say)”. These, to me, are what form the bedrock of the coaching relationship.
There are two other key elements of coaching which I believe have stemmed from this seminal book. The first relates to a learning I’ve had over the years of coaching, that while the client may articulate some tangible goals, the ‘who’ of the person needs to be explored to achieve that. The ‘who’ here refers to the values, beliefs, the ‘world map’ etc. that makes
any particular person that particular person instead of another; in other words, the identity of the person – Exploring the identity goes to the core of the person. There is tremendous value for the client to get the insight on why they want the goal and then they put all their efforts to achieve it.
And Rogers shows us in the book, how this ‘insight’ for the client is developed – “How may this individual come to an effective understanding of self?” And he goes on to define it with the following elements:
- Accepting one’s impulses and attitudes – good, bad or previously repressed
- Understanding pattern of one’s behaviour and seeing its connections and consequences
- Looking at a new reality based on a fresh understanding and acceptance of oneself
- Planning new or more adaptive behaviours and actions to cope with reality
Rogers then asks the important question, “Under what circumstances is this spontaneous insight most likely to be achieved?” And his research and experience gave him the answer: that spontaneous insight is facilitated when the client is free from the need of being defensive; when they can talk through problems in an atmosphere of being genuinely understood and accepted, and in which there is no need for them to protect the self. “When someone really hears me without passing judgment on me, without trying to take responsibility for me, without trying to mould me, when I have been listened to and when I have been heard, I am able to re-perceive my world in a new way. It is astonishing how elements which seem insoluble become soluble when someone listens”.
In coaching, this may also be supplemented by reflecting statements or feelings back to the client so that they gradually become aware and they own their perceptions.
The second important tenet of Coaching is that it is ‘self directed’, that means the client finds the answers to their dilemmas themselves – here too, Rogers’ contribution is immense. It was he who first posited that it was more effective to let the client guide the path. And that it was the nature of the relationship that would make it possible. The client knows what emotional experiences are deep buried, what problems to solve and what direction to go. He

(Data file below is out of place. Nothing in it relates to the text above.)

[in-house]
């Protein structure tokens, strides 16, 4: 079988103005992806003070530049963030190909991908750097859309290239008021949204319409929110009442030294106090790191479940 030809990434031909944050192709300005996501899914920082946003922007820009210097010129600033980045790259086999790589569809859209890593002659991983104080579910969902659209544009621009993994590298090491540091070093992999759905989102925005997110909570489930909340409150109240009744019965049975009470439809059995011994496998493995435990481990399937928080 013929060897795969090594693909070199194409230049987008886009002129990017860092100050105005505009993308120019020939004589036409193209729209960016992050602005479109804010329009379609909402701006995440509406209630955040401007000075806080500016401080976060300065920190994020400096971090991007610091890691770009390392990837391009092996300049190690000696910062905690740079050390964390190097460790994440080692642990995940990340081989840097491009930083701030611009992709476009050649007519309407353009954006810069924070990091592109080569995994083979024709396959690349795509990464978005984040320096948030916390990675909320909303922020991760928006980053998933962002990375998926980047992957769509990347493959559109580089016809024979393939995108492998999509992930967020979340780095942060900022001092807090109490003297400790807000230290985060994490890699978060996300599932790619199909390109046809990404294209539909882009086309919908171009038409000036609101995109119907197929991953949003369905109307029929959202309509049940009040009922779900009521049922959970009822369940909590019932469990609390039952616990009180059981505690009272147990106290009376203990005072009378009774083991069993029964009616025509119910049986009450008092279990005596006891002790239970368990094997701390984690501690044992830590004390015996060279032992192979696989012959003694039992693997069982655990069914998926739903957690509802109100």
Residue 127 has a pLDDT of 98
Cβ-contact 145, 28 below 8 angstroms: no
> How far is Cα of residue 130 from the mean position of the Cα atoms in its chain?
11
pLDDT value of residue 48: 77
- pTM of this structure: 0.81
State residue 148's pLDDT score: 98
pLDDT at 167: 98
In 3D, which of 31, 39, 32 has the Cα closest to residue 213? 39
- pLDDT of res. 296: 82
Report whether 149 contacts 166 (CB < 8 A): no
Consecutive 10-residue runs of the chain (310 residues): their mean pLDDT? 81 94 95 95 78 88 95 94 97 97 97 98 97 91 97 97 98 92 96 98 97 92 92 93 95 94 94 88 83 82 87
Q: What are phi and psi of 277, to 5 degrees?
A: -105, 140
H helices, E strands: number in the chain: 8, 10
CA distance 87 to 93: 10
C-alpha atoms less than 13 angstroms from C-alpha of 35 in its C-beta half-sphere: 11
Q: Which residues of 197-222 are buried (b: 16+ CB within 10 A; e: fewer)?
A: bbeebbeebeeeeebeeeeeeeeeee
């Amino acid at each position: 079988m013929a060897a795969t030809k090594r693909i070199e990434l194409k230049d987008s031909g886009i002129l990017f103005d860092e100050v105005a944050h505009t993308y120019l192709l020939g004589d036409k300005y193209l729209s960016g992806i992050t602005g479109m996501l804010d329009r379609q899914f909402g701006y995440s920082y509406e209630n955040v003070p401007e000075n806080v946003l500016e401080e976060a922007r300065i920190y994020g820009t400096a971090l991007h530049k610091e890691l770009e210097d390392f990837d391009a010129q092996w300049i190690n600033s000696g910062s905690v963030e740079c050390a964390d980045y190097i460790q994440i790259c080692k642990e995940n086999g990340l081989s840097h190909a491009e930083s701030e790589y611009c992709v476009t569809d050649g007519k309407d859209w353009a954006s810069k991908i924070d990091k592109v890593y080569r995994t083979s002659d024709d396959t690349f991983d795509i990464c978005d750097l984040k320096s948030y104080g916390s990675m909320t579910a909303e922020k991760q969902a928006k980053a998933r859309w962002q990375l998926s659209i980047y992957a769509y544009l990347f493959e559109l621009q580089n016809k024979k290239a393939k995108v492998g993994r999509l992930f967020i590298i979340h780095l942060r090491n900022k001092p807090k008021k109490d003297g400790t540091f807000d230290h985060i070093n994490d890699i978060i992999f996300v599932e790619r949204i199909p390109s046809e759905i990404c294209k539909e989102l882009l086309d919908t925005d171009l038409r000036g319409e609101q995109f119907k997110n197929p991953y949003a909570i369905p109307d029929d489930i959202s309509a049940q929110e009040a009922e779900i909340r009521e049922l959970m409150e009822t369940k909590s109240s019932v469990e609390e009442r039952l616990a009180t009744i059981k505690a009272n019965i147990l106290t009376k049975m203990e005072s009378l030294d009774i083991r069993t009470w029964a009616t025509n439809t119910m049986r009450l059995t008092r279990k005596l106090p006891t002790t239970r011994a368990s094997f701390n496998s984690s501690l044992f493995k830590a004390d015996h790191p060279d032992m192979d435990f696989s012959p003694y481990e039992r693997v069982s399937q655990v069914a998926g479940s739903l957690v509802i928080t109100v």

explains it thus: “just as an acorn has all the resources it needs within it to realise its potential of growing in to an oak tree (and never accidentally a sycamore!), so does a human being. And just as an acorn needs the right conditions (sun, space, air, water, soil, time, etc) so a person needs the right conditions too”. With that, the client grows to be their best selves. And the end result is a self-directed and process-oriented person, open to experience, its feelings and its ambiguity. This crucial insight was what led him to develop the ‘client centred approach’.
Similarly as a Coach, the challenge is to control our need of being perceived as a clever and learned person and to fully trust that the client is resourceful and has answers to their questions – Letting go and equally, Letting be is key!
The takeaways for me from the book are centred on what he has outlined as essential for a
great trusting relationship with the client:
- To be empathetic and allow myself to enter fully into the world of the other’s feelings and
personal meanings to see it as they do.
- To consider the quality of the client as a whole, with unconditional positive regard.
- To act with sufficient sensitivity so my behaviour is not perceived as threatening; freeing
the client from the threat of external evaluation and thus to become self-responsible.
- To be strong enough as a person to be separate from the client.
- To not assume undue control or responsibility for the client.
- To be congruent and expressive enough to communicate what I am feeling.
Yet his approach doesn’t describe coaching in its entirety – Coaching can also be challenging, provocative, inspiring, confronting, solution focussed and much more. However, the heart of the coaching relationship is in the ‘partnering’ and that is what can be learnt from this book.
While I have been a coach for many years, the journey towards MCC has made me see more inwards; and reading this book has reinforced my learnings even more. He so beautifully explains that “humans need witness and listening, and that will go a long way toward enabling the person to find their own answers within themselves” – And this is exactly what I as a Coach want to strive to follow with my clients!